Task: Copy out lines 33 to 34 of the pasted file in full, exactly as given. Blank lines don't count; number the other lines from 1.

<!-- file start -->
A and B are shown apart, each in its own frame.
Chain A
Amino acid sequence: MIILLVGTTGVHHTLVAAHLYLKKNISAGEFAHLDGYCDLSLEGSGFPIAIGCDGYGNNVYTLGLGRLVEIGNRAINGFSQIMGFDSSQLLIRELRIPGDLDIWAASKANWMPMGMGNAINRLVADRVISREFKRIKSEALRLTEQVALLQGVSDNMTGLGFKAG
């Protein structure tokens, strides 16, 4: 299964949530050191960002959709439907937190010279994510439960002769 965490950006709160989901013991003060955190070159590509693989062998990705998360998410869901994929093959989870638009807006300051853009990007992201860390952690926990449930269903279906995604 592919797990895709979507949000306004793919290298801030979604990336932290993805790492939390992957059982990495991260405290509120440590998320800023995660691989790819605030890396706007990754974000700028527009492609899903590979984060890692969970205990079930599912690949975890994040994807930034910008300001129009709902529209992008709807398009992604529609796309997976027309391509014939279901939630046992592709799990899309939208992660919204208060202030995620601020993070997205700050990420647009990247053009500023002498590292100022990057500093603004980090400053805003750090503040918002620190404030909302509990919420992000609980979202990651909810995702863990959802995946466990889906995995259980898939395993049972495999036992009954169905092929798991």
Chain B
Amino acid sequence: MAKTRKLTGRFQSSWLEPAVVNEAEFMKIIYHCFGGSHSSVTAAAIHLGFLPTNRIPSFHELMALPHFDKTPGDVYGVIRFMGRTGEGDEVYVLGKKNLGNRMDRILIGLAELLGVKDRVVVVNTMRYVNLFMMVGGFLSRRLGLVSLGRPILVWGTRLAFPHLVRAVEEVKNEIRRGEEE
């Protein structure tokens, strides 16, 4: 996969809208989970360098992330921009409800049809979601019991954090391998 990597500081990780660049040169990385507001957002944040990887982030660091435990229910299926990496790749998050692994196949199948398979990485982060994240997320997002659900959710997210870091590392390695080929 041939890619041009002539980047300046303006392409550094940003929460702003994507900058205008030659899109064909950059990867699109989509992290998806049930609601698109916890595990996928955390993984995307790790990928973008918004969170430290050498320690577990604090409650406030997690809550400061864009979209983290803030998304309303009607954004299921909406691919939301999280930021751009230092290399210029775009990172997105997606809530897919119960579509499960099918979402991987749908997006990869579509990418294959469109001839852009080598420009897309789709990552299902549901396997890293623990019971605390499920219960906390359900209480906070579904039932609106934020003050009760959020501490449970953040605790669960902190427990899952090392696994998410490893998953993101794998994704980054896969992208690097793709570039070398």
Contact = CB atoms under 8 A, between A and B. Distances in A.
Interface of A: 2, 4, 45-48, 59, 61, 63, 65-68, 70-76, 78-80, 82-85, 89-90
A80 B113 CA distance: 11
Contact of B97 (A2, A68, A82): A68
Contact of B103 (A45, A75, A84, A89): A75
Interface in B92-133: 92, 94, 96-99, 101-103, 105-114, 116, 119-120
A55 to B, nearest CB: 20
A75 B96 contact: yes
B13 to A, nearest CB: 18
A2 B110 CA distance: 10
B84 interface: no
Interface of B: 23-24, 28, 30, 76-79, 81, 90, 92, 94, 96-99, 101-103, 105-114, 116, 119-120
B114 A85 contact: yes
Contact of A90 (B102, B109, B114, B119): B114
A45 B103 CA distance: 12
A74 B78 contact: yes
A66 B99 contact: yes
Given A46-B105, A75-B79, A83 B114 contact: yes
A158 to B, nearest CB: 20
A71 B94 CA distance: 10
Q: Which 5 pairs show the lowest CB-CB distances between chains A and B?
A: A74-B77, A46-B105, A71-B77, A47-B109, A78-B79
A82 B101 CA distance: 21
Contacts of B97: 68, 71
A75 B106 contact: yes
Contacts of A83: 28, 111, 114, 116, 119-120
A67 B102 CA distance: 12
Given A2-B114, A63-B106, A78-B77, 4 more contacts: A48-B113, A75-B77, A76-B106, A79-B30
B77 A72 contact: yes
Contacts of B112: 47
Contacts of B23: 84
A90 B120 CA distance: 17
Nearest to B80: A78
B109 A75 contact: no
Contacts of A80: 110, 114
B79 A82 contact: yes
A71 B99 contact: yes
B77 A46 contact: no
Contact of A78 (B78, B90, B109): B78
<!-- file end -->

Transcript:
Contacts of A83: 28, 111, 114, 116, 119-120
A67 B102 CA distance: 12